Old Records

What 96-year old woman has 153 long playing records in her 2-room assisted living apartment? Answer. My mother.

I’m in the process of typing up the inventory that my daughter, Kara, did of my mother’s THINGS. Two weeks ago, Kara and I took my Victor Reader Stream over to Mom’s, and Kara said out loud everything she saw, including the contents of both closets, all the dresser drawers, the pictures on the walls, the knick knacks on the shelves, and the books and records. It took about 5 hours altogether, and now I’m well into my 5th hour of typing. Each time I visit Mom, I present her with another couple of pages of possessions for her to peruse. How gratifying it would be if this list would help her see that she has way too many unnecessary and useless things that are cluttering up her space and getting in the way of her ability to find the things she actually needs. What happens is that she doesnt have the energy or mental powers to sort through the clutter, so she just sends me to the store to buy new items. Thats how she winds up with 4 shoe horns, 3 pairs of scissors, 5 flash lights, about 37 pairs of knee high hose, countless Ace bandages, about 500 envelopes, and well, you get the idea.

One of the saddest outcomes of this inventory process is the realization that my mother actually enjoys having so many THINGS.

As Kara was reading off the record labels, Mom pointed out that anyone looking at her collection would notice that she has quite an eclectic taste in music. It doesn’t occur to her, though, that she cant play any of those records, because there wasn’t enough room in her crowded living room to set up her stereo system. The only one this seems to bother is me. I had the unrealistic vision of playing the records together as an activity when I’d come over to visit. She has an extensive collection of CDs as well, and I do play them for her once in a while, on a small CD player that my son Steve bought for her. But there’s something about taking the record out of its jacket, carefully placing it on the turn table, and pushing the little gismo that makes the needle come down in exactly the right spot. Hey, I’m even old enough to remember when you had to put the needle down on the record by hand. No, I’m not old enough to remember the wind-up Victrola. The point is, it was much more of an activity to listen to records than it is to put on a CD. For one thing, there were only one or two songs on each side, and there’s always the visual appeal of watching the record spin around and the needle arm travel across the surface. Aside from my nostalgic disappointment in not being able to help my mother enjoy her music for the sake of the music, it irks me that it doesnt seem to bother her that all she can do with that music is look at the list I typed up for her today and be proud that she has quite a collection.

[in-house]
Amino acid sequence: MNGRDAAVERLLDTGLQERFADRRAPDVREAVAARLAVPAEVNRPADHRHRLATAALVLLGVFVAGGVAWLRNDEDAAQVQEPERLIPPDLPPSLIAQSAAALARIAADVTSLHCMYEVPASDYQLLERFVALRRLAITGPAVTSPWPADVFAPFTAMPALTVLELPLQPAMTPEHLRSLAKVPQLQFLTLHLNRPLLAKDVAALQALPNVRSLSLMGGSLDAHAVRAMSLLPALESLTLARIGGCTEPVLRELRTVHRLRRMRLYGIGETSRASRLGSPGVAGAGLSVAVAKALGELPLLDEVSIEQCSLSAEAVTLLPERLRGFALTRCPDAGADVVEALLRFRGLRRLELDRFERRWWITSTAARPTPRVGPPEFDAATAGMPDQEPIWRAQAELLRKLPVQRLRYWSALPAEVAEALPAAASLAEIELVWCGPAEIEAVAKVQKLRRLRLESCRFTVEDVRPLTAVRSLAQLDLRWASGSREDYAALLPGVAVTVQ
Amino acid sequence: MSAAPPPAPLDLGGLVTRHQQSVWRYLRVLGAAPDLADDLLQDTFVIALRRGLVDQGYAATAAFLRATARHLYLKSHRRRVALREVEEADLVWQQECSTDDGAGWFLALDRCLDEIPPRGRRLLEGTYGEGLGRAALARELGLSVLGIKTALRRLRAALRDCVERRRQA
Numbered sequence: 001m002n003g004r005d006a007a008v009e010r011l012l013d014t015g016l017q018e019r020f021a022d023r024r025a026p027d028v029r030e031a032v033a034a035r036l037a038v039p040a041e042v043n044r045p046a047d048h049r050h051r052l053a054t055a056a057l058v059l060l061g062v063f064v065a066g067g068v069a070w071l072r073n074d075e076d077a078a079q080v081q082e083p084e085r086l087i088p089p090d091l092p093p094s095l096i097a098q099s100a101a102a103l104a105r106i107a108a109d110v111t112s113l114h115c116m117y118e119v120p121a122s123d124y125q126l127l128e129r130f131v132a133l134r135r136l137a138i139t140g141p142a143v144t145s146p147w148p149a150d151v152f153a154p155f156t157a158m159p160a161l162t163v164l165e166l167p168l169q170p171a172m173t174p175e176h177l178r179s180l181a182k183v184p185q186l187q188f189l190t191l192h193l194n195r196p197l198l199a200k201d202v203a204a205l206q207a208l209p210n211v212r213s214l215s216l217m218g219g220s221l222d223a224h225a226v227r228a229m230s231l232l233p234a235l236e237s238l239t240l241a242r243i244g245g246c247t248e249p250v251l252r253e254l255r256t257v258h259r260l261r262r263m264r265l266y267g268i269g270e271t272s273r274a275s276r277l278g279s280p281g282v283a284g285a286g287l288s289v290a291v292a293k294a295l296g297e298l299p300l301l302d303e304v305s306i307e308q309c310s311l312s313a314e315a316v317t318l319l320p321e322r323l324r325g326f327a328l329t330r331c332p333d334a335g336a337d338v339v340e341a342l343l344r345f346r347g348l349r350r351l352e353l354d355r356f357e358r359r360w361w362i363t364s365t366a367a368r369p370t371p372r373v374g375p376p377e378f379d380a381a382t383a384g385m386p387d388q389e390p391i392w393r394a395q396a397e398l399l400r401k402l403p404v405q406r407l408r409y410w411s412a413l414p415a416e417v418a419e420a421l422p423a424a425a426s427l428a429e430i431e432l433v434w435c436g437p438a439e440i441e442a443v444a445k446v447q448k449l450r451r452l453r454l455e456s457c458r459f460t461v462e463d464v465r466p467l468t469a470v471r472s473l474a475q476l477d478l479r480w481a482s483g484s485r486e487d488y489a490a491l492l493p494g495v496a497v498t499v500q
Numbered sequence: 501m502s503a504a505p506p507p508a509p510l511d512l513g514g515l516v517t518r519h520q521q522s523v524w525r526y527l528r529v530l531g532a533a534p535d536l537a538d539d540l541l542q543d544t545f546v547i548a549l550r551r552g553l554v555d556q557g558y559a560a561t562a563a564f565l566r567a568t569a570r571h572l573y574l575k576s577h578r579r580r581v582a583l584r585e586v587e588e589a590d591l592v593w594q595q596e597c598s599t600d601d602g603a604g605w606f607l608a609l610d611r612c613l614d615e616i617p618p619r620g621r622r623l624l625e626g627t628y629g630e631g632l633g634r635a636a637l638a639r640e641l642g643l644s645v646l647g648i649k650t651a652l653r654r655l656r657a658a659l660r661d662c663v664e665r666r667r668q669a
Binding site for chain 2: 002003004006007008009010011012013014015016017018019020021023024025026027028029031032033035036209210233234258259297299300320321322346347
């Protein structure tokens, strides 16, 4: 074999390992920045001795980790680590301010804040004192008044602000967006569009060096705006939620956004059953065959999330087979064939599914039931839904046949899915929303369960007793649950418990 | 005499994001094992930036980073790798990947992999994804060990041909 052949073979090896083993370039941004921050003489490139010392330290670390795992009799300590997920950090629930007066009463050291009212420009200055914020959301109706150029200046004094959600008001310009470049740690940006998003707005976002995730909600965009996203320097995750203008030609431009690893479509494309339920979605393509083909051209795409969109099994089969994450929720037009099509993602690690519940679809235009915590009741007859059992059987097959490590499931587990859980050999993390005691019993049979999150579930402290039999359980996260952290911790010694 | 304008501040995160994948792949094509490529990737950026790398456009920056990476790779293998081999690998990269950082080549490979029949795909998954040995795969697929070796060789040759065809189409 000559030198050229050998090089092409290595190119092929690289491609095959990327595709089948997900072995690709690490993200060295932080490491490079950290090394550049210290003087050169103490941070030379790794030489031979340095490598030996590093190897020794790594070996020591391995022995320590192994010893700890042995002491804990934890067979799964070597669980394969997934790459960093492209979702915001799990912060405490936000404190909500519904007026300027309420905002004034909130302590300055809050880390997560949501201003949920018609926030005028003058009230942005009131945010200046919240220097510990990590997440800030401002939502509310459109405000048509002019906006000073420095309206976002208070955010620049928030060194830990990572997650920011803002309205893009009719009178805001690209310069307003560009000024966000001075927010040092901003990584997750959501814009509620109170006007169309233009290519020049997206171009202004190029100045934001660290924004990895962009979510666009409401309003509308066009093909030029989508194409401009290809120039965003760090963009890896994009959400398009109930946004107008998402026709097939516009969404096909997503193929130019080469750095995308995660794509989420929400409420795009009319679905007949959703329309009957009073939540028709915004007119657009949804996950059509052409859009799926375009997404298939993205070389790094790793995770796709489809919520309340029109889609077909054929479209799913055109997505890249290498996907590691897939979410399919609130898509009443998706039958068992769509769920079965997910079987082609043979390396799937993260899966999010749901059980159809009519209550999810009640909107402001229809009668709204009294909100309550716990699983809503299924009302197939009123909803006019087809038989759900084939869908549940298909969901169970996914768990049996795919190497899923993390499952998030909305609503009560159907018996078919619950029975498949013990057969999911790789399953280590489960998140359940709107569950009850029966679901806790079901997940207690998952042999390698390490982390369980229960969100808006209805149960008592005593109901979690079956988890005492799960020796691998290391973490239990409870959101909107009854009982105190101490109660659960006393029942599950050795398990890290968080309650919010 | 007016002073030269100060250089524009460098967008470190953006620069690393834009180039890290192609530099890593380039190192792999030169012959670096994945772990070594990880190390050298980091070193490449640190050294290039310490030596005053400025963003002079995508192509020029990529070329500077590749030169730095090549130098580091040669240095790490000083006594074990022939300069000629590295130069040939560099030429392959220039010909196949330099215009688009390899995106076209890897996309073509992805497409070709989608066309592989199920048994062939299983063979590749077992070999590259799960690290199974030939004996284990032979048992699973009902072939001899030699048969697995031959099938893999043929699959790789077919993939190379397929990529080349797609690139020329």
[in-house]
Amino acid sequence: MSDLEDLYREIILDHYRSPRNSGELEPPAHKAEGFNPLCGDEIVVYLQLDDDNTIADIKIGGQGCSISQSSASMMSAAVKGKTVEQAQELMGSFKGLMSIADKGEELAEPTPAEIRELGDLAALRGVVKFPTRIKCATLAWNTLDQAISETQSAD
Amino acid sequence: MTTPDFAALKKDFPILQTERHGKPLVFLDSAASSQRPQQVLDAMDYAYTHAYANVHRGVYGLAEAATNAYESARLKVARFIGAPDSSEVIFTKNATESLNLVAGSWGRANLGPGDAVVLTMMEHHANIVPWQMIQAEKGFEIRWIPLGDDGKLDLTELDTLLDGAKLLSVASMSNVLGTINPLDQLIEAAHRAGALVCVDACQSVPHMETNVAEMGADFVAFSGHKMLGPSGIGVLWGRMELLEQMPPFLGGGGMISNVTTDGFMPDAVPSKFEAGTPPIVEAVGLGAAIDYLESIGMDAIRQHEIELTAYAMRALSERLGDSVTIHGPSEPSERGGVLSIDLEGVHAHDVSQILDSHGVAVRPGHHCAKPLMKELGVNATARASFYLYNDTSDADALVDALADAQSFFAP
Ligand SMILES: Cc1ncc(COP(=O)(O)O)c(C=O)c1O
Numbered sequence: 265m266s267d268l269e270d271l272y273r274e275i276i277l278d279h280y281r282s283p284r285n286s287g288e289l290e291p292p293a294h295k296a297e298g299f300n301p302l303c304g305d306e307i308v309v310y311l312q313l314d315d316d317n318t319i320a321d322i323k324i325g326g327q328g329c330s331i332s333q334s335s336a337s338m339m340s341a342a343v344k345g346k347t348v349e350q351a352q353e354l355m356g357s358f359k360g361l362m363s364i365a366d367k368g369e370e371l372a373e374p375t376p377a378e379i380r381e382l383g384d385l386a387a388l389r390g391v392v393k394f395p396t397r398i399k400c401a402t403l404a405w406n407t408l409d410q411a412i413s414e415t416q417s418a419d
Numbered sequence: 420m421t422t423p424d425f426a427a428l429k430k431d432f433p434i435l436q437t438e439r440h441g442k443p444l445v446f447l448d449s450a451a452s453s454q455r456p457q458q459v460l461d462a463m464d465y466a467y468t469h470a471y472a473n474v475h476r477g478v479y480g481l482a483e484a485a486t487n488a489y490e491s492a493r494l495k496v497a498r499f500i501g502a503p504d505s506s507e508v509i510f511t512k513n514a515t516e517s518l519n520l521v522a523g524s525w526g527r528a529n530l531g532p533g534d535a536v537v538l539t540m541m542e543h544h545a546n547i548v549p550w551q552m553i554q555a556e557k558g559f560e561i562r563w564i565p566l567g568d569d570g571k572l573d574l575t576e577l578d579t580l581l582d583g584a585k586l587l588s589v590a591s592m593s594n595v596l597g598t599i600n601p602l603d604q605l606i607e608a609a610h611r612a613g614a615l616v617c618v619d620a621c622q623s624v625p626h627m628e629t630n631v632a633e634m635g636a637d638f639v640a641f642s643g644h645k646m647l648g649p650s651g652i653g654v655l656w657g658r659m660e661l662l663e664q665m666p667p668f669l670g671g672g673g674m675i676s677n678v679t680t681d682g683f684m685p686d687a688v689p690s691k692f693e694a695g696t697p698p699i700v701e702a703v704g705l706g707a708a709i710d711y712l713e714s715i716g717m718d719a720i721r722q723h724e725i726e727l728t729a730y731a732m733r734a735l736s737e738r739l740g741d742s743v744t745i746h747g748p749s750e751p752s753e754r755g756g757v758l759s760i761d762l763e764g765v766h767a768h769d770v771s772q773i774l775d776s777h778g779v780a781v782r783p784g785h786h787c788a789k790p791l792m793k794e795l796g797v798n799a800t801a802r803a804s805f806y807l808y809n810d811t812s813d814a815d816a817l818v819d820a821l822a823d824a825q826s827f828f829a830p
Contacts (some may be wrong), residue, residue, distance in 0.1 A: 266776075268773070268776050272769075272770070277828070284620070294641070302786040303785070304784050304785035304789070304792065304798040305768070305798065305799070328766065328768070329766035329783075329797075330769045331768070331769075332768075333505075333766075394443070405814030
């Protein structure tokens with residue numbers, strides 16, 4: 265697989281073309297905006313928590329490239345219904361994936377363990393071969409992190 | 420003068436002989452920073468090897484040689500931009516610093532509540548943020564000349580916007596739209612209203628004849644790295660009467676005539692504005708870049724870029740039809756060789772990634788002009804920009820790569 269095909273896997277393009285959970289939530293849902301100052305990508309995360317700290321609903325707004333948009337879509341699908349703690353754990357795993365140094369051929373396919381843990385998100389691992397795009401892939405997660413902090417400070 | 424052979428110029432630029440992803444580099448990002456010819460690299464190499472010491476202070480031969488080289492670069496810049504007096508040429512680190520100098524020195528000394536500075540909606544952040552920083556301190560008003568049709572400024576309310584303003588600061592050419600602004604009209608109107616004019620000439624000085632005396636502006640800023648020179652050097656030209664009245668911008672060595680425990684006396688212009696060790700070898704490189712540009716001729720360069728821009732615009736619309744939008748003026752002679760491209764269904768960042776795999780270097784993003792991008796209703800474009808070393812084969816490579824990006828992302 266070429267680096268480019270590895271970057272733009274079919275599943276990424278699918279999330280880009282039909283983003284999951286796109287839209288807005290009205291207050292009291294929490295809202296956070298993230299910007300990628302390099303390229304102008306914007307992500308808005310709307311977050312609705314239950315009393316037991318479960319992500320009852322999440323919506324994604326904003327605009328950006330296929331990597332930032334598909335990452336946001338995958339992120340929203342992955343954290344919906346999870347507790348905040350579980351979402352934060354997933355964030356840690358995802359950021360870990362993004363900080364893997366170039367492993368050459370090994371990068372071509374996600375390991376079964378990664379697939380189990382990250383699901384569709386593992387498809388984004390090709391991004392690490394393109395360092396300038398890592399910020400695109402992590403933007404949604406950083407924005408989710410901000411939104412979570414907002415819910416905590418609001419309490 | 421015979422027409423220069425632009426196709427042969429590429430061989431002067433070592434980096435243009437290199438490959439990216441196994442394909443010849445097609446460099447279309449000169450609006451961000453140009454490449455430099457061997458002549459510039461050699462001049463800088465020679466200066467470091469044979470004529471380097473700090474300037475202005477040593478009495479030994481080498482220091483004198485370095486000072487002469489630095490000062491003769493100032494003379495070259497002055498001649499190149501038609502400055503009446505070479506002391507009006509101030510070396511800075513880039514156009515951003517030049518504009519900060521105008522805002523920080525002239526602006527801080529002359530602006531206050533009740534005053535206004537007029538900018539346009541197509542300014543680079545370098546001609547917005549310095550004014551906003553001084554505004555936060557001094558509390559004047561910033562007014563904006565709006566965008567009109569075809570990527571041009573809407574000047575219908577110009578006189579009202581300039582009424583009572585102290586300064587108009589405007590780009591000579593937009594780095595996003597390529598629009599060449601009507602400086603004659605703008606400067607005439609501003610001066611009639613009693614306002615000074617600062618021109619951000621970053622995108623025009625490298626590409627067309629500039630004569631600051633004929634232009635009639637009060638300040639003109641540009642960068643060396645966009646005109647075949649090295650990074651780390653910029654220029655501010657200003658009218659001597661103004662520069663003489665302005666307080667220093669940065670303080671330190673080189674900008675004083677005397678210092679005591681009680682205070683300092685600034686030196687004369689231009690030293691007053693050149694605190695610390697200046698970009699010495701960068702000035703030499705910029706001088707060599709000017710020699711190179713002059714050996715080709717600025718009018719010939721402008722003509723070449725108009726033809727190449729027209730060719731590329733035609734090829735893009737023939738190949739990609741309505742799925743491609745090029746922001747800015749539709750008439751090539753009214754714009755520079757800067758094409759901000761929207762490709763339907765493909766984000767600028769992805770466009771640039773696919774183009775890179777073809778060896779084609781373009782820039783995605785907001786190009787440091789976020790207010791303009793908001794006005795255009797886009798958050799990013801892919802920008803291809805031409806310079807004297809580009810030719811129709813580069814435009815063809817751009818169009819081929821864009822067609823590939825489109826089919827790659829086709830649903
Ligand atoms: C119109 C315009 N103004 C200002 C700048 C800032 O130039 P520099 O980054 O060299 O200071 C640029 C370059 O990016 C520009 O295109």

Someday, I’ll have to dispose of those records, and I’m told that Ill be lucky if I can get 23 cents for the entire bunch. In the meantime, I’m on a mission to find a small record player, so it will make sense to have all those records taking up space in her living room.

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